Sony Ericsson V800 – Vodafone 3G Handset - Sony Ericsson V800 Review


I’ve probably used the news service the most, and when I find myself at a loose end, I take the V800 out of my pocket and check the latest headlines. Another great feature is Find and Seek, which allows you to search for services like ATMs, petrol stations or restaurants near to your current location. The hit rate is usually very good, and you’re even sent a map to indicate the exact location of the amenity that you’re after.

Find and Seek is not infallible though, and while sitting in an Italian restaurant in Kingston I decided to search for Italian restaurants – the result was a plethora of Italian eateries, but no mention of the one I was actually sitting in. That said, having been in a situation where I was in desperate need of a petrol station, with no idea which direction to look in, I can appreciate just how useful this service can be.

The problem with reviewing a phone like this is that it’s easy to forget how much all these services cost, because it’s not my phone. Basically the subscription services all cost around £3 a month, so if I was a paying customer, my subscriptions to the movie service, the football highlights and the news downloads would add around £10 a month to my bill. At least you don’t have to pay for the amount of data that you download from Vodafone Live!, but there is a fair use policy in force, to avoid customers using excessive amounts of bandwidth.

Unlike 3, Vodafone doesn’t limit the online access of its 3G customers. This means that you can theoretically access any website from the V800, whereas with 3 you can only access its portal content. Now I say theoretically because you won’t be able to view graphically heavy sites like TrustedReviews, but pages like the work flawlessly.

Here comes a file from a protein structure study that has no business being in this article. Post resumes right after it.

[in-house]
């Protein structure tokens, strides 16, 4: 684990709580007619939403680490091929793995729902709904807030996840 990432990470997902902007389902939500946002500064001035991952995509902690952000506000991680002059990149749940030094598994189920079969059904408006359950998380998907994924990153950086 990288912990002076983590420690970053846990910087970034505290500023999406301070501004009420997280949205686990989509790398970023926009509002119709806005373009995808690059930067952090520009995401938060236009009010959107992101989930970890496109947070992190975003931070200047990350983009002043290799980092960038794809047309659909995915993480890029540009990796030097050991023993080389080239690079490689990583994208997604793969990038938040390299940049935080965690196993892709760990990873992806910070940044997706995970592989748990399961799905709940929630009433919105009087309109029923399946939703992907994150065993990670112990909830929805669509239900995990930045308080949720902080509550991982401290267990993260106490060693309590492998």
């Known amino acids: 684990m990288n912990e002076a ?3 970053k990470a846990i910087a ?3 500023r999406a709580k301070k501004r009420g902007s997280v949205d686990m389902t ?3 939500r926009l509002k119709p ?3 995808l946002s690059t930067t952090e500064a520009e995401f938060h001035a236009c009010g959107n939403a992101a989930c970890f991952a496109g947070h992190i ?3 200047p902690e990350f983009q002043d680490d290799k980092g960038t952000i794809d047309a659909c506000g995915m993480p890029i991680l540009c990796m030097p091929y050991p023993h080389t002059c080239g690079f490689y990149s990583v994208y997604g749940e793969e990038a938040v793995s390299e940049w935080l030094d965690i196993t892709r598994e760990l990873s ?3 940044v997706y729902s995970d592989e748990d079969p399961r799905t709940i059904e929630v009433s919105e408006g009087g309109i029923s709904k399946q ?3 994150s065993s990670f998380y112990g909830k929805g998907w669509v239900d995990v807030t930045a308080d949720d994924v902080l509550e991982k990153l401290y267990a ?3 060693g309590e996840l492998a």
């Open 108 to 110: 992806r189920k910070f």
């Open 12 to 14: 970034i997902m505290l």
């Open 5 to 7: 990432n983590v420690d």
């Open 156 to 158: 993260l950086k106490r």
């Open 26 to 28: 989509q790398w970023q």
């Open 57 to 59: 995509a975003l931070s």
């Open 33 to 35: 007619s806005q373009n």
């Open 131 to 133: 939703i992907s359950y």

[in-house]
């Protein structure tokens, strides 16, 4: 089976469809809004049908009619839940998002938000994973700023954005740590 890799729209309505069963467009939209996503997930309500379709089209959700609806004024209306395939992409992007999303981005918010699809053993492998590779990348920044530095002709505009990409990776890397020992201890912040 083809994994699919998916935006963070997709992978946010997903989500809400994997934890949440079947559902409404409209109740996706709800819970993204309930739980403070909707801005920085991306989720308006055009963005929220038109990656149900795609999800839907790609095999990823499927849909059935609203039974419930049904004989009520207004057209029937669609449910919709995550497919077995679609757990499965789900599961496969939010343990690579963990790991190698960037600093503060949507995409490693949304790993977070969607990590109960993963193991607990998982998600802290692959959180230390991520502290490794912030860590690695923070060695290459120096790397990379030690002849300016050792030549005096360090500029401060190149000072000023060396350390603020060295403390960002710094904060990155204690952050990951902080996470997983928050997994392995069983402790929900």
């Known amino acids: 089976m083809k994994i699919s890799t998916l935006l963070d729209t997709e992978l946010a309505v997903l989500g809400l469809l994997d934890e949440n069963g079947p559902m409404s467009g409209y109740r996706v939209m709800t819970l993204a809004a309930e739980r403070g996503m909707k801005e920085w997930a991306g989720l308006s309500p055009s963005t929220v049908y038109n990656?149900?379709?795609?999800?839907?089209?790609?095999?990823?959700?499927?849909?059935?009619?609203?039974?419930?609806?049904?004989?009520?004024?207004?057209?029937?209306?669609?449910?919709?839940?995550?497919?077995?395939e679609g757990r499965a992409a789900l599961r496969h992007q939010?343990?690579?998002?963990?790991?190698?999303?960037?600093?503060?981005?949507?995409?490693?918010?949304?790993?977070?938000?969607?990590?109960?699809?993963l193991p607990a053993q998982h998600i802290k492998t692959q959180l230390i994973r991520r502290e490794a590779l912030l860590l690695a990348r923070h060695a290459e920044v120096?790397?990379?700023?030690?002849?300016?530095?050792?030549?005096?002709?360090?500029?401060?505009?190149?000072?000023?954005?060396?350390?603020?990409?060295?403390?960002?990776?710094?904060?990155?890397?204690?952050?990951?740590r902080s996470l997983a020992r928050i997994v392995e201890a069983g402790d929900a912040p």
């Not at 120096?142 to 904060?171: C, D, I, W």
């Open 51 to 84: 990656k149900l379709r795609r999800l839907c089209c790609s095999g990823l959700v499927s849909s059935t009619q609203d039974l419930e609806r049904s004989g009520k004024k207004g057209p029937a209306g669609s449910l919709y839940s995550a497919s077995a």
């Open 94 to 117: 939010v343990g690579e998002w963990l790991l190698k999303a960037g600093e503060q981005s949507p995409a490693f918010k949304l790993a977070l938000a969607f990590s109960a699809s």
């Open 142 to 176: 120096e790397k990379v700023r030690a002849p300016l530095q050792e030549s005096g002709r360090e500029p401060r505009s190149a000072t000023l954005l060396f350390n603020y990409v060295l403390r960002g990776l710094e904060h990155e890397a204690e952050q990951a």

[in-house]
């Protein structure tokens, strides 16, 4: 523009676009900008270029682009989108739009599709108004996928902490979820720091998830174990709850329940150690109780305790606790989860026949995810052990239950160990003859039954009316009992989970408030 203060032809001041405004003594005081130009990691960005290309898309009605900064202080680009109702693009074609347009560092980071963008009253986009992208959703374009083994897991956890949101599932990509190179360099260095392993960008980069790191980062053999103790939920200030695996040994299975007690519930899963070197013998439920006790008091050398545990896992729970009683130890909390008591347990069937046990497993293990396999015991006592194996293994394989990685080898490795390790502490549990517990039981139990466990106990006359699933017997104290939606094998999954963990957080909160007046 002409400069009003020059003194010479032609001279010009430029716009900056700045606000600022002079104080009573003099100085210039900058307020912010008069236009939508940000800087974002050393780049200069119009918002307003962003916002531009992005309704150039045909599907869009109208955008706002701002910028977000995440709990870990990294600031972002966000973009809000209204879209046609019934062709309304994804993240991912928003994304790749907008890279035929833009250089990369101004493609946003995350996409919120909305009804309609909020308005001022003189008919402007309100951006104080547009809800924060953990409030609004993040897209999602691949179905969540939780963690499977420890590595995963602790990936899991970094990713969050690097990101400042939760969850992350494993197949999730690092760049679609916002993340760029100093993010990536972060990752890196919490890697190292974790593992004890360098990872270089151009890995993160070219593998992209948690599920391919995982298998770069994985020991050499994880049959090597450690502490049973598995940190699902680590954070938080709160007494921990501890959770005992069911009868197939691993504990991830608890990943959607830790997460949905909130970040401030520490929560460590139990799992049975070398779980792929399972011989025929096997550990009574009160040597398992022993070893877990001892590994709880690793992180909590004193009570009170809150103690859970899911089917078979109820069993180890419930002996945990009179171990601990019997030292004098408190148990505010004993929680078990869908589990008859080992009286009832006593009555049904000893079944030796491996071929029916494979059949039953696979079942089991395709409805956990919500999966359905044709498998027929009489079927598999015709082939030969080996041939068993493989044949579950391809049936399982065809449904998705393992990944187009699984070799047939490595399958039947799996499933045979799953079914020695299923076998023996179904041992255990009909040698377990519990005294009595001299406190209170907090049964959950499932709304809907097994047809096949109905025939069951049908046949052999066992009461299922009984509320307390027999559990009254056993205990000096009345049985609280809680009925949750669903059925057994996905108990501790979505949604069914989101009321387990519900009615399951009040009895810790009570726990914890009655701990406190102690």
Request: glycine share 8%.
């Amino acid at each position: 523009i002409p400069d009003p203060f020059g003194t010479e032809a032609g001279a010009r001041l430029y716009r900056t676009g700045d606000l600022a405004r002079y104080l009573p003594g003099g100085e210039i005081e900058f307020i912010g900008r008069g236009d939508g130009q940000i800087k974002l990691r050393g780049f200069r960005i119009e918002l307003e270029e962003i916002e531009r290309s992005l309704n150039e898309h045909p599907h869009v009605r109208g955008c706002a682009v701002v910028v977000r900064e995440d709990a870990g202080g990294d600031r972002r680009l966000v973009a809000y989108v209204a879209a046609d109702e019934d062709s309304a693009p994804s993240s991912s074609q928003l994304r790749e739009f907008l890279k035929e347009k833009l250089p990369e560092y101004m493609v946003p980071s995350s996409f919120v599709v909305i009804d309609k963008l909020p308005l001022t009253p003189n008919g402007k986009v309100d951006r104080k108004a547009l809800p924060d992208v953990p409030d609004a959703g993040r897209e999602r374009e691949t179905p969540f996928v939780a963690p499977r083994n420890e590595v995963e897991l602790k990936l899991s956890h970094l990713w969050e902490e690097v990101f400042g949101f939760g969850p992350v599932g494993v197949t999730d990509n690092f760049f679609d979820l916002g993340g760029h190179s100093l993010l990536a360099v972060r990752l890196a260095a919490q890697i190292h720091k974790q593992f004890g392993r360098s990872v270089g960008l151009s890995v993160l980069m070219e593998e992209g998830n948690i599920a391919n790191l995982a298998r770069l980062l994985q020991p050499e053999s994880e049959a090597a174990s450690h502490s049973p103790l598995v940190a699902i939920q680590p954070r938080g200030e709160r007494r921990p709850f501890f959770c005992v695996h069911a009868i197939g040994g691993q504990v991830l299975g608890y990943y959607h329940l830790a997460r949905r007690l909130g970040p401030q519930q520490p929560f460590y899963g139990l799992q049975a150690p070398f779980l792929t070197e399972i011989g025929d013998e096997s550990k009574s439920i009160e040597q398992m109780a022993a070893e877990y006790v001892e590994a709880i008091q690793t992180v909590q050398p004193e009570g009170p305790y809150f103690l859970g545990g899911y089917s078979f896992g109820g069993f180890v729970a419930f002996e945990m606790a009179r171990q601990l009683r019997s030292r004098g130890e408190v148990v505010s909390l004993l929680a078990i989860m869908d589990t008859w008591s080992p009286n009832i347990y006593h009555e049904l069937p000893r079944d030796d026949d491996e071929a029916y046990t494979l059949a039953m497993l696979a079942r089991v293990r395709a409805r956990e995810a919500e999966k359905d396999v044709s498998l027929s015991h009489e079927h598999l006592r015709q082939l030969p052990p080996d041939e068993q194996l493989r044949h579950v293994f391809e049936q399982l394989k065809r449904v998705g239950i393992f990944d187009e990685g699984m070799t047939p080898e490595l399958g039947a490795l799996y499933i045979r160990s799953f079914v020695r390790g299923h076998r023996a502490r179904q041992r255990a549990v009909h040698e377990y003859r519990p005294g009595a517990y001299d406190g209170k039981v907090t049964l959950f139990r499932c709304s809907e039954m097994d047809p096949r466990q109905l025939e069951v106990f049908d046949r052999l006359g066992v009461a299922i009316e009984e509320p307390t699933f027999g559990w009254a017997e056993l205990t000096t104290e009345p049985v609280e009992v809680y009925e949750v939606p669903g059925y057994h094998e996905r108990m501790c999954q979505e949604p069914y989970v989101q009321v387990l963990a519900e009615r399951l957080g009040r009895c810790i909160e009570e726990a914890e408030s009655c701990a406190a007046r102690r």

The V800 also has integrated Bluetooth, which will obviously allow you to use a headset, but it also lets you use the phone as a 3G modem. I setup the V800 to work as a 3G modem with a Dell Axim X50 PDA (there’s a full review of the Dell coming soon), and the result was very fast mobile web browsing and email. The downside of using the V800 as a 3G modem is the cost of data downloads – at £2.35 per megabyte of downloaded data the costs will mount up. If you really need 3G Internet access on the move, you’re better off with Vodafone’s Mobile Connect data card, although you won’t be able to use that with a PDA, unless you have a PC Card adapter.

I’m still fairly sceptical about video calling, but having played with a few 3G handsets in the office I will admit that it is fun. I made video calls between the V800 and a Motorola E1000 on the 3 network, and the results were good – the incoming image is a little blocky, but that’s probably due to the compression applied for the transmission. Video calls between Vodafone 3G devices will cost 35p per minute, while calls to other 3G networks will set you back 55p per minute. If you’d rather send messages, texts will cost you 12p each, picture messages 36p and video messages 60p each.